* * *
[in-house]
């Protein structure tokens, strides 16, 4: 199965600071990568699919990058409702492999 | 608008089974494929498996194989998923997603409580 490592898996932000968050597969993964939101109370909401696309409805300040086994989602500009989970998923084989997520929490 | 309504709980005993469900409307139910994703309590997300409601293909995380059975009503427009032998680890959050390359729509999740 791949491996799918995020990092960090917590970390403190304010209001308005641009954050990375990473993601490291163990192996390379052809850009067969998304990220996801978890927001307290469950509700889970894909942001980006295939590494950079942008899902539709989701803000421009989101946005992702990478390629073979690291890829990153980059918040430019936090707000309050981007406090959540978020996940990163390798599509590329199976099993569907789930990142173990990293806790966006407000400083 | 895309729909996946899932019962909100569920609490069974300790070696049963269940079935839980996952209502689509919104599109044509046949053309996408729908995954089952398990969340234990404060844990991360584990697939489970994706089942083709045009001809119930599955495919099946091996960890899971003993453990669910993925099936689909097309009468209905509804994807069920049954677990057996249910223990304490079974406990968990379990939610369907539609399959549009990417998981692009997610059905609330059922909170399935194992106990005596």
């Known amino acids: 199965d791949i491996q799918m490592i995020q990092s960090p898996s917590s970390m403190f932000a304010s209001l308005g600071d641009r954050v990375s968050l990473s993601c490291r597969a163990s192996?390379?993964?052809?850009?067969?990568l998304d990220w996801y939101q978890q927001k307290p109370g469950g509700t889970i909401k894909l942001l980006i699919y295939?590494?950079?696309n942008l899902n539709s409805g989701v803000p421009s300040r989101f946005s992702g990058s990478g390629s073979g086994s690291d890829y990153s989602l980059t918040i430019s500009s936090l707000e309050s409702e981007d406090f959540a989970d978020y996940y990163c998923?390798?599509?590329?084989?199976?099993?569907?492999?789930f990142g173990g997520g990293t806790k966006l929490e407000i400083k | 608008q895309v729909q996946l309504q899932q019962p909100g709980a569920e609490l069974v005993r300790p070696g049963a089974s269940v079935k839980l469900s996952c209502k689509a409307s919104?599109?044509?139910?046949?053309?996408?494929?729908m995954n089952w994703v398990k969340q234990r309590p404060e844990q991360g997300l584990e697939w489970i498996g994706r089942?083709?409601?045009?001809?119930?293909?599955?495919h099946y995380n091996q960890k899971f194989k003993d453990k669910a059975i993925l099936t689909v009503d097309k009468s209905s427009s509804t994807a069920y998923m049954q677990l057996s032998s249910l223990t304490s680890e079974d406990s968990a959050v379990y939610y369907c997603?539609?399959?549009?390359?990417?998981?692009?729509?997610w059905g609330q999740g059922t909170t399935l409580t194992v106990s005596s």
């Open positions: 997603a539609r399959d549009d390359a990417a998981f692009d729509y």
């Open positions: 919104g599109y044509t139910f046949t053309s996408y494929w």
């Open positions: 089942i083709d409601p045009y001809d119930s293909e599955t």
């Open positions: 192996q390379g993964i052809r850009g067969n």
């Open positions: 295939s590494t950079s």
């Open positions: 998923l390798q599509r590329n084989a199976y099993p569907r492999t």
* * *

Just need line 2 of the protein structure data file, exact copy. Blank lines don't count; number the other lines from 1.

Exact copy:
């Protein structure tokens, strides 16, 4: 199965600071990568699919990058409702492999 | 608008089974494929498996194989998923997603409580 490592898996932000968050597969993964939101109370909401696309409805300040086994989602500009989970998923084989997520929490 | 309504709980005993469900409307139910994703309590997300409601293909995380059975009503427009032998680890959050390359729509999740 791949491996799918995020990092960090917590970390403190304010209001308005641009954050990375990473993601490291163990192996390379052809850009067969998304990220996801978890927001307290469950509700889970894909942001980006295939590494950079942008899902539709989701803000421009989101946005992702990478390629073979690291890829990153980059918040430019936090707000309050981007406090959540978020996940990163390798599509590329199976099993569907789930990142173990990293806790966006407000400083 | 895309729909996946899932019962909100569920609490069974300790070696049963269940079935839980996952209502689509919104599109044509046949053309996408729908995954089952398990969340234990404060844990991360584990697939489970994706089942083709045009001809119930599955495919099946091996960890899971003993453990669910993925099936689909097309009468209905509804994807069920049954677990057996249910223990304490079974406990968990379990939610369907539609399959549009990417998981692009997610059905609330059922909170399935194992106990005596």